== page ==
What to do if your business experiences a cyber breach

What to do if your business experiences a cyber breach

With Optus and Medibank both experiencing a recent cyber breach, it’s essential that you know how to tackle a similar problem. After all, if these large companies can be breached, it’s not beyond the realm of possibility that it can happen to your business as well. That’s despite having an up-to-date cyber security system in place.

Given that protecting your business from all threats is one of your priorities, one of your first steps should involve improving your cyber security. Another step is to create an Incident Response Plan so everyone knows what to do if a data breach occurs. Finally, you should ensure you consult an insurance adviser so you can be adequately protected if the worst does occur. 

So, what steps should you include in your cyber plan?

STEP 1: Confirm that a cyber breach has occurred

Depending on your cyber security, you may be alerted to a cyber breach via your own IT systems, by your bank, customers, law enforcement officials or the actual cybercriminal. Before you do anything, you need to verify that a breach has occurred. So having a capable IT team onsite is important, but if not, then it’s wise to engage with an external cyber security team who can detect the breach.

STEP 2: Contain the breach

A data breach at your business must be contained as soon as possible. It’s the best way of protecting your business from further intrusions by the same scammer. You need to isolate your systems, take your servers and computers offline and contain the threat because the sooner this happens the better the outcome. The only thing worse than a cyber breach is multiple breaches because you didn’t secure your system after the first breach.

STEP 3: Assess the severity of the breach & preserve evidence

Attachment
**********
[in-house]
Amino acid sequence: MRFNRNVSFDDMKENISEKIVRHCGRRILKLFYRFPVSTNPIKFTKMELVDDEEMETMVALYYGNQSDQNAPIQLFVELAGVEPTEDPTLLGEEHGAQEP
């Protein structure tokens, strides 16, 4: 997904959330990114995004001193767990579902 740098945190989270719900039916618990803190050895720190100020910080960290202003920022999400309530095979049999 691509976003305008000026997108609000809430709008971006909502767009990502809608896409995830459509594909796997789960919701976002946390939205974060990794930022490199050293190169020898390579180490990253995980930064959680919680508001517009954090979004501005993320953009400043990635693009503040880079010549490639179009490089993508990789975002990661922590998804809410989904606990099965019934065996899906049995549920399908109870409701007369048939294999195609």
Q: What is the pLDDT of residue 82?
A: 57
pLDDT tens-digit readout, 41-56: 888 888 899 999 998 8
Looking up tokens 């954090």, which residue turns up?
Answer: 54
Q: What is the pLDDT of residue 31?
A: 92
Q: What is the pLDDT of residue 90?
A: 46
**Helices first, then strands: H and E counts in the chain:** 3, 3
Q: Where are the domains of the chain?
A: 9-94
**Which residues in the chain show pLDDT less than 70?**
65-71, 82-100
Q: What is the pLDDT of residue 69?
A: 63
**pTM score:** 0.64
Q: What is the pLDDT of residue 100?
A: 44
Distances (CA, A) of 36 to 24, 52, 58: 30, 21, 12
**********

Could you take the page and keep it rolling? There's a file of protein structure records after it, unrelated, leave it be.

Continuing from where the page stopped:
The next step in protecting your business is to assess the severity of the breach and preserve as much evidence as possible for forensic analysis. Identify what data has been breached and whether any customer information has been accessed. Don’t panic and wipe your systems or reinstall the software. Your team of cyber security experts will need your compromised systems to track down the perpetrator and discover how the data breach occurred.

STEP 4: Notify relevant third parties

Notify any customers and other relevant individuals (banks, financial institutions, senior management, suppliers, stakeholders, and so on) and lock all your accounts down to prevent further breaches. Under the NDB (Notifiable Data Breach) you might also need to notify the OAIC if it’s a notifiable breach. 

STEP 5: Review your cyber security 

You need to know how this cyber breach occurred, fix the problem and review your entire cyber security system so that it doesn’t happen again. Whether you handle all of this internally or engage an outside firm depends on your situation. However, a professional review of your cyber security is essential for protecting your business after a confirmed data breach.

If your business already has Cyber Insurance then you need to inform your insurance provider as soon as possible once a data breach has been confirmed. If you don’t have Cyber Insurance, then it might be wise to explore your options with an insurance expert. 

Contact one of our insurance specialists today. 

Important Information 

This communication including any weblinks or attachments is for information purposes only. It is not a recommendation or opinion, your personal or individual objectives, financial situation or needs have not been taken into account. This communication is not intended to constitute personal advice. This type of insurance product is designed for small and large businesses, that want to be covered against financial loss relating to accidents or personal injury involving contractors or sub-contractors.

We strongly recommend that you consider the suitability of this information, in respect of your objectives, financial situation and needs before acting on it. This document is also not a Product Disclosure Statement (PDS) or a policy wording, nor is it a summary of a particular product’s features or terms of any insurance product. If you are interested in discussing this information or acquiring an insurance product, you should contact your insurance adviser to obtain and carefully consider any relevant PDS or policy wording before deciding whether to purchase any insurance product.

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